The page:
Japanese Language Abbreviations and Contractions

by Made in DNA 15 days ago in culture

A short, yet fun and helpful list of Japanese vocabulary

Japanese Language Abbreviations and Contractions

All languages have abbreviations and contractions (sometimes much to the consternation of translators and interpreters) and Japanese is no exception. The Japanese love shortening their language in new, catchy ways. These shortenings can range from common everyday items, to situations, and even people's names!

The biggest difference between English and Japanese language abbreviations is the forms in which they take, because the Japanese language doesn't use an alphabet, and therefore doesn't (usually) shorten words to just the initials such as AI (artificial intelligence). Rather, with the three writing systems they use (hiragana, katakana and kanji), they shorten words using those.

From Wikipedia:

Japanese has no genetic relationship with Chinese, but it makes extensive use of Chinese characters, or kanji (漢字), in its writing system, and a large portion of its vocabulary is borrowed from Chinese. Along with kanji, the Japanese writing system primarily uses two syllabic (or moraic) scripts, hiragana (ひらがな or 平仮名) and katakana (カタカナ or 片仮名).

What follows is a list of words for you to enjoy and use. Good fun especially if you are a learner of Japanese. Even I, a non-native Japanese-speaker, was surprised to find that some of the words I use every day (such as "shokupan") are actually contractions.

Note: The following list is set up in the following fashion: English word, Japanese equivalent in romaji (Latin script) and Japanese (kanji, hiragana, katakana), all separated by a virgule (slash). Your computer may not be able to read the Japanese font correctly and look like squares, question marks, or something like an "explosion" characters. If this is the case, please simply ignore it.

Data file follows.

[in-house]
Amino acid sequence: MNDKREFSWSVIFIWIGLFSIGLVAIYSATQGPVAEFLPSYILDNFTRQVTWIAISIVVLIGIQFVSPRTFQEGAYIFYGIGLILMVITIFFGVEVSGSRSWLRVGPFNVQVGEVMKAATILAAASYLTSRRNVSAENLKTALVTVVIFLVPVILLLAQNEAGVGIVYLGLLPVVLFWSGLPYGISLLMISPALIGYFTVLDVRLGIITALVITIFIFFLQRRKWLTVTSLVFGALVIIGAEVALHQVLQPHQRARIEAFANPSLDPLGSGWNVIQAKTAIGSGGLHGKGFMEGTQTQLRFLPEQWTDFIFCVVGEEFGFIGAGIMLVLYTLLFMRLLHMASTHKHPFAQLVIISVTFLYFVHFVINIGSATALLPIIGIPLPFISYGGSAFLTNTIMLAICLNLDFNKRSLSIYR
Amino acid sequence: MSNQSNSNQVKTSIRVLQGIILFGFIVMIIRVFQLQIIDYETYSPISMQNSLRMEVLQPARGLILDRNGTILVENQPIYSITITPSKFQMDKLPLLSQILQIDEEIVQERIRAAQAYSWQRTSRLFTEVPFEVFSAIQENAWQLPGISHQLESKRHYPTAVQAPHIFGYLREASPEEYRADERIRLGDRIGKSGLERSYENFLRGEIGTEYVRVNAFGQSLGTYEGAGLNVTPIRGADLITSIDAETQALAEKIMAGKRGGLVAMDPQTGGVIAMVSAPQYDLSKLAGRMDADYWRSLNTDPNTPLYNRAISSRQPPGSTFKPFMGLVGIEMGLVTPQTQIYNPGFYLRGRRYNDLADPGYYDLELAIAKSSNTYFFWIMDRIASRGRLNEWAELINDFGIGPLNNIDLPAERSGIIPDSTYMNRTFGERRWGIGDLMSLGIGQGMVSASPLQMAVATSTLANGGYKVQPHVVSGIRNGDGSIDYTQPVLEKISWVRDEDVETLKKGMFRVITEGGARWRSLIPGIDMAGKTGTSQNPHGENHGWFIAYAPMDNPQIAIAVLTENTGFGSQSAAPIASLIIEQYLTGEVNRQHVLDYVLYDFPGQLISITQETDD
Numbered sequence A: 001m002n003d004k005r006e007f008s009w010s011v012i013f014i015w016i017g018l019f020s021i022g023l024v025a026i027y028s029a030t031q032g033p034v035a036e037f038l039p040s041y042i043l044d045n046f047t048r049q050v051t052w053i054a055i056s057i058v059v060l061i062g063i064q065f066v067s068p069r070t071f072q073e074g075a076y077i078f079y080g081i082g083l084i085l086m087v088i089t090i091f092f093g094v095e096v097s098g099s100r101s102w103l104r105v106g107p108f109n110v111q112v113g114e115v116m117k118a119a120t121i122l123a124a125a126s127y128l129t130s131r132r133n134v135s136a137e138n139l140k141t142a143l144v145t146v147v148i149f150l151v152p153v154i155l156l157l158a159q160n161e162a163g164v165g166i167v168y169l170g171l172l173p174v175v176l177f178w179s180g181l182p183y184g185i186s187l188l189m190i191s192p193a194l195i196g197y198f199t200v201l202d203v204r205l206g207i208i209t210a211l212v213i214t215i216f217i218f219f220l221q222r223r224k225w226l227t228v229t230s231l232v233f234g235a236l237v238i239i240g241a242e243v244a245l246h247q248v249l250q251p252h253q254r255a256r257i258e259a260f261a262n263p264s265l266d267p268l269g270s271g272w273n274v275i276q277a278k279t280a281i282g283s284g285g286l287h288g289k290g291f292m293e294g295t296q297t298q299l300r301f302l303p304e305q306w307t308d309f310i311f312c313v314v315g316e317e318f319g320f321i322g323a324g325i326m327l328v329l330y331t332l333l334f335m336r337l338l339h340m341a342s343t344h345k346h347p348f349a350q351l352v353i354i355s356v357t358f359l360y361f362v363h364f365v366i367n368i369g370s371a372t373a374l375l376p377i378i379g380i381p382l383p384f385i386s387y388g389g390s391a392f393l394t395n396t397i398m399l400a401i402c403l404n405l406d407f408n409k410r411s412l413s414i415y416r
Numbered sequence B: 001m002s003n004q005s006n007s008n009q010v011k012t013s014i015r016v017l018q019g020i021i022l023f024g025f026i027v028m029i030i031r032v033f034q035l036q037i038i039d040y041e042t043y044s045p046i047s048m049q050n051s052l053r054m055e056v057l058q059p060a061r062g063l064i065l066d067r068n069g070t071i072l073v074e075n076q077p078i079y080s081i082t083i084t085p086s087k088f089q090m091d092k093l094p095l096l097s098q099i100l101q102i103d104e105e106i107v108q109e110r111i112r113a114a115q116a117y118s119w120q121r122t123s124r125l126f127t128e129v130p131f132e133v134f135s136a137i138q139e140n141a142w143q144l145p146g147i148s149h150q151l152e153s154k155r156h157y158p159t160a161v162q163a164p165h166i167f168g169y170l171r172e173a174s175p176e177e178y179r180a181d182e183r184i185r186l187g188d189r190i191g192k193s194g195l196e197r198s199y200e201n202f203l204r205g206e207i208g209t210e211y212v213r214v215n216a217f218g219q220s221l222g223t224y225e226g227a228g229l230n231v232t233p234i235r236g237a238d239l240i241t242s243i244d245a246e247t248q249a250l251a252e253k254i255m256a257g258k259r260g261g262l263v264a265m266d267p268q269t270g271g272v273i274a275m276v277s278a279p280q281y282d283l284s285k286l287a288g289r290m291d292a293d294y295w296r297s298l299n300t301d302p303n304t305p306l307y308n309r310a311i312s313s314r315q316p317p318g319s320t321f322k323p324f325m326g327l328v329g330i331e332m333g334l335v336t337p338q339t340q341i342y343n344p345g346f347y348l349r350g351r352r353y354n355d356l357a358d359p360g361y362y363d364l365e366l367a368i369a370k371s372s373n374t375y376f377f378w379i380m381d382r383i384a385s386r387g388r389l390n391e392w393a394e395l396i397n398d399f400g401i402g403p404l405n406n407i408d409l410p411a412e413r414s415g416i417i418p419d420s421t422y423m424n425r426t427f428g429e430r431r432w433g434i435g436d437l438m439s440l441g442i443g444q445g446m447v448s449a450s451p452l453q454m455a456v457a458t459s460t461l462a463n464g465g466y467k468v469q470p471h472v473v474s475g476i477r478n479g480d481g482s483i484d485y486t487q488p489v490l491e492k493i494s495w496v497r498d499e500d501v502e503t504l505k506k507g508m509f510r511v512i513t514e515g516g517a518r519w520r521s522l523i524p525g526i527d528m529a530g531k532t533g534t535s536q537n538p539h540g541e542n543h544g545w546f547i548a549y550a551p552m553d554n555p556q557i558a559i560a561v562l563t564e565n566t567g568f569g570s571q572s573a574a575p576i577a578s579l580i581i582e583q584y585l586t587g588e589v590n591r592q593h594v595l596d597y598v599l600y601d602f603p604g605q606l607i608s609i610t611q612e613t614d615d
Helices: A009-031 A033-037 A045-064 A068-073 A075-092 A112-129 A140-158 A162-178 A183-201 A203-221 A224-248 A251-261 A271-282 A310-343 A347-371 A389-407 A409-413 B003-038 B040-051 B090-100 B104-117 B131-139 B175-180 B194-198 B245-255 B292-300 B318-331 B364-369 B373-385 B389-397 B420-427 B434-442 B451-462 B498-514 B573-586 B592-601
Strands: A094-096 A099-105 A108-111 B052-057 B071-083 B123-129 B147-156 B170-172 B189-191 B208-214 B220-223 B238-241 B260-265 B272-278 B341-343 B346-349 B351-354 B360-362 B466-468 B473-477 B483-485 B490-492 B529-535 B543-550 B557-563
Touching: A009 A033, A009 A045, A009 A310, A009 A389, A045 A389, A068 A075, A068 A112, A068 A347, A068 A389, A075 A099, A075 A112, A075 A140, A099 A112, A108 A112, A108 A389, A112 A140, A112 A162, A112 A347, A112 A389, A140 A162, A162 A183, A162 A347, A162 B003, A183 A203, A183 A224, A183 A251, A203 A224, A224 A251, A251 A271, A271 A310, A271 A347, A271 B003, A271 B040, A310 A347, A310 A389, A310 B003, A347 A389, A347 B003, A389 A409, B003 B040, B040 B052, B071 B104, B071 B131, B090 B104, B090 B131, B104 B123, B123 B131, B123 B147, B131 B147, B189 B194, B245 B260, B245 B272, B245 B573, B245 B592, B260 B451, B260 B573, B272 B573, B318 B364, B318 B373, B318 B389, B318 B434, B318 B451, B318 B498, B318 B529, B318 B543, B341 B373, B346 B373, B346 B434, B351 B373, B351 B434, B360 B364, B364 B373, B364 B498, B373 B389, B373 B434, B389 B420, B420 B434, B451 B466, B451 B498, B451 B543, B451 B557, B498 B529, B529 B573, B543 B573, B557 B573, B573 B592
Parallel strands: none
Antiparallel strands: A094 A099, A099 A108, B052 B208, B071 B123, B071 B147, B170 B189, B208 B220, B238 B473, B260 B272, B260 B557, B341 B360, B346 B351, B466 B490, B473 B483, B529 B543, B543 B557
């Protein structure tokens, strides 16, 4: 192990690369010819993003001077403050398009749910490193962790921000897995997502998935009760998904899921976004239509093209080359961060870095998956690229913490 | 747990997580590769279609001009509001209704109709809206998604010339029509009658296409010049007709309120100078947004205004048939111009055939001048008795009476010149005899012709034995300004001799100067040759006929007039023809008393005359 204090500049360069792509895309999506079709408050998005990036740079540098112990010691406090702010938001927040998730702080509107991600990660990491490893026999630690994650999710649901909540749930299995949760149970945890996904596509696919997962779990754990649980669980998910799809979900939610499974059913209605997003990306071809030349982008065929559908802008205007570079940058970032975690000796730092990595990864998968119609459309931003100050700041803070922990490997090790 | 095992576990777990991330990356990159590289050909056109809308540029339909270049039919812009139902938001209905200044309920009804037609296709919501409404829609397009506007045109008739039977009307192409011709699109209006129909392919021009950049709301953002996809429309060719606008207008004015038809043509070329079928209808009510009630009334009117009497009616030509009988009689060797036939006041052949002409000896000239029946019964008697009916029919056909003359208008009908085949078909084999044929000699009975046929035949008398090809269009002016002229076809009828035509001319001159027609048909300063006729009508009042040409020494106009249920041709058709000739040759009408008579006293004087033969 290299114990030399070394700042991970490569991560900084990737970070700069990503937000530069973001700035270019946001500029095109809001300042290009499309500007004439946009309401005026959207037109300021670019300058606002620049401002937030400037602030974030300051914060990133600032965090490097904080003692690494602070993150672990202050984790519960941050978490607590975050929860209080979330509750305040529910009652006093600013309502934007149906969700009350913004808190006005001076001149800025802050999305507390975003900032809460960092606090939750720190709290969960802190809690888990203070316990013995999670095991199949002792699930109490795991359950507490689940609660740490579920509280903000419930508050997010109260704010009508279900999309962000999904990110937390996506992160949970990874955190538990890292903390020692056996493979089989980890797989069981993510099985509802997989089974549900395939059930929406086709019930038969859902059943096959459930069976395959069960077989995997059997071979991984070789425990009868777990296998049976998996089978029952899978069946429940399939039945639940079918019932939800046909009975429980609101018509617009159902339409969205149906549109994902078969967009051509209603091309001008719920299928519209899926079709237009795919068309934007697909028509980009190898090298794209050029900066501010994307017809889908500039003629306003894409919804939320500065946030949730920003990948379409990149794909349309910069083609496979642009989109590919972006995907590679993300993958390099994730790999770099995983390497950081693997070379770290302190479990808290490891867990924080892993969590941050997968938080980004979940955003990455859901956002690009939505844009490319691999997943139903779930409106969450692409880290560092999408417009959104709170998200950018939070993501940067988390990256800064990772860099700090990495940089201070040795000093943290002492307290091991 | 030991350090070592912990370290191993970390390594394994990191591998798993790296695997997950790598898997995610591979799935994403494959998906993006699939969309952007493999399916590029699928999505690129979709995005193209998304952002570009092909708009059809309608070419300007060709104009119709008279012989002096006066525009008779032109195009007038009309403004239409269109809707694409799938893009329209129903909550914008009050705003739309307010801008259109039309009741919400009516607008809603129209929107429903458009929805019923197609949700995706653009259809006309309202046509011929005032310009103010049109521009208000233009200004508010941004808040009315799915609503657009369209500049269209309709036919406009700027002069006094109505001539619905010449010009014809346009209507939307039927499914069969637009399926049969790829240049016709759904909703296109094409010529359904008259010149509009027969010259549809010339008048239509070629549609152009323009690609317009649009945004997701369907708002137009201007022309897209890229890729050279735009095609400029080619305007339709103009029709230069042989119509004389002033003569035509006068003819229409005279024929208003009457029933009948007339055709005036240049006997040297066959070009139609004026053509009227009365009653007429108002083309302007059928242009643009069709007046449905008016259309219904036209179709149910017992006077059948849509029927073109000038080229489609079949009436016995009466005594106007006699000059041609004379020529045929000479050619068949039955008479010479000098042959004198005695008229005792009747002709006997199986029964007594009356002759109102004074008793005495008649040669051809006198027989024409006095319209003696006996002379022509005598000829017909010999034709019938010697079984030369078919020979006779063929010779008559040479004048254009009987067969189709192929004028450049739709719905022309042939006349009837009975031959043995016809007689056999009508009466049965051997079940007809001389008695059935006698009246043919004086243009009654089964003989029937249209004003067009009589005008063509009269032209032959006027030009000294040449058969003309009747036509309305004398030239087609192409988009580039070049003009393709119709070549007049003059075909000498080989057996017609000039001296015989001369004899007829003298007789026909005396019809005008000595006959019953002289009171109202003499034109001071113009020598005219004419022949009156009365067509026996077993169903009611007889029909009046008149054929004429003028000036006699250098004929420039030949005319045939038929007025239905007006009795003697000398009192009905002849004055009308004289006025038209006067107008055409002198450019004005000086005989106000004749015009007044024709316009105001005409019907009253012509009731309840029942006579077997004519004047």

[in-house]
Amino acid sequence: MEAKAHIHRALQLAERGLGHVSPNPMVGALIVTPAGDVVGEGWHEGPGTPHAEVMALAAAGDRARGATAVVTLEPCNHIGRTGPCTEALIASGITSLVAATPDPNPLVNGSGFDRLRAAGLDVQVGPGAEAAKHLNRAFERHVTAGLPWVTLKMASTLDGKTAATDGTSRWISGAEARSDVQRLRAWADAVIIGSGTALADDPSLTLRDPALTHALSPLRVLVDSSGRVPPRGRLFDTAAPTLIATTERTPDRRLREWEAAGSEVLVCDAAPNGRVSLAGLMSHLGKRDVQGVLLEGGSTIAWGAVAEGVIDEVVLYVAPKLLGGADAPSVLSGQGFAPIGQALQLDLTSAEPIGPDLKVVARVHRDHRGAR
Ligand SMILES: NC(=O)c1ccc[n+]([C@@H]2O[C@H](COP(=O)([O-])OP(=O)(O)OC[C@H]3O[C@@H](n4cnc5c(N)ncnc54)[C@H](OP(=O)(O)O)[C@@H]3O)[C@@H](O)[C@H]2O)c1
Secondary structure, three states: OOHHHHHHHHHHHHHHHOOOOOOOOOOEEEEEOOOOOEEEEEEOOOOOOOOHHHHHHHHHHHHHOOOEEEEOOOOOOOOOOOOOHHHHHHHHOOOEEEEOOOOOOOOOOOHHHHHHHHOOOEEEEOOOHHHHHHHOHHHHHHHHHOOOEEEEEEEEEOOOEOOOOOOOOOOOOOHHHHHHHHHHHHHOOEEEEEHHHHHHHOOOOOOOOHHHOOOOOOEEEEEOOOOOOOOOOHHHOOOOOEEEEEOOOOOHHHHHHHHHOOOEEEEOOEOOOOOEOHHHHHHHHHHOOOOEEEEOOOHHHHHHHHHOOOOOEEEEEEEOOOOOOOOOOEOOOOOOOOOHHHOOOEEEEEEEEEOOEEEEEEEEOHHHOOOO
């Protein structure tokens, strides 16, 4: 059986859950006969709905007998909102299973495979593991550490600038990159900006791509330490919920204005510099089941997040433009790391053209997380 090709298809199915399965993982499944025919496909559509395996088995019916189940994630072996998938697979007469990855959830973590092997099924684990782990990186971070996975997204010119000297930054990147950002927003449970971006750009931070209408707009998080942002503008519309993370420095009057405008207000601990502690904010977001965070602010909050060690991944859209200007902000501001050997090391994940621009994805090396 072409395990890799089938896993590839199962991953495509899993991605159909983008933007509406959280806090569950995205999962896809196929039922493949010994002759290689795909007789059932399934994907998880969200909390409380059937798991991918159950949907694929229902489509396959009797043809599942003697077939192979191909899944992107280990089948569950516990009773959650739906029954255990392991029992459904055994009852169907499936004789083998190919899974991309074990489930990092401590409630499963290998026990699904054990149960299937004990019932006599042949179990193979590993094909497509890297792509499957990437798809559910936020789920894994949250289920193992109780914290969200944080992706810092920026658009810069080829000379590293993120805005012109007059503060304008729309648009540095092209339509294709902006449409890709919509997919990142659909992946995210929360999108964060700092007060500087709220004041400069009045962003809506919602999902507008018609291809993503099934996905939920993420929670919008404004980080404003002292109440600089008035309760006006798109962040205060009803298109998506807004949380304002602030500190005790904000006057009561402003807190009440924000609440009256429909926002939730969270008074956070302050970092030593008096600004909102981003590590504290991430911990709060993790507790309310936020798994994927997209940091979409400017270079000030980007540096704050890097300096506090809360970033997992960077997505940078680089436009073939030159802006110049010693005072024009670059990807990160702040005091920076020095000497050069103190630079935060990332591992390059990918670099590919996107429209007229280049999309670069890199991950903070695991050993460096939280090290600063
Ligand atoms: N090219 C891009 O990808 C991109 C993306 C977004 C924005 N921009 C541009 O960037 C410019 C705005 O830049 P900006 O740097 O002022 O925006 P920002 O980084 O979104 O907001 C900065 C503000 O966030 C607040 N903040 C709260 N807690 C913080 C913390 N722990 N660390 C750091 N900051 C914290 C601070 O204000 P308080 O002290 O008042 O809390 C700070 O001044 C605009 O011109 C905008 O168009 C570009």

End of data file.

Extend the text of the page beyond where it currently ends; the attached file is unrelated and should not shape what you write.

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Common Words

ball-point pen / booru pen / ボールペン

family restaurant / famiresu / ファミレス

email (address) / meru ado / メルアド

smartphone / sumaho / スマホ

convenience store / conbini / コンビニ

part-time job -- arbeit / baito (a truncation of the borrowed German word arubaito) / アルバイト

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Company Names

McDonald's / Makku / マック

Kentucky Fried Chicken / Kenta / ケンタ

Mister Donuts (a Japanese chain donut shop) / Misudo / ミスド

First Kitchen (a burger chain in Japan similar to McDonald's - and yes, the pronunciation is exactly the same as the "F bomb") / Fakkin / ファッキン [Go down past the NSFW version of the word and you will see First Kitchen listed.]

Starbucks / Sutaba / スタバ

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Music Artist Names (There are a great number of shortenings of these, many of which you may know very well).

The Jesus and Mary Chain / JizaMeri / ジザメリ

Red Hot Chili Peppers / ReCChiri / レッチリ

Smashing Pumpkins / SumaPan / スマパン

My Chemical Romance / MaiKemi / マイケミ

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English Alphabet Initials

I mentioned that the Japanese don't usually use initials like English does, but there are, of course, a few words. Some of them straight from English, and others seemingly from English, but are actually "Japanese-made English" words (Wasei-eigo).

OG / "old girl" / former female student; alumna

OB / "old boy" / former male student; alumnus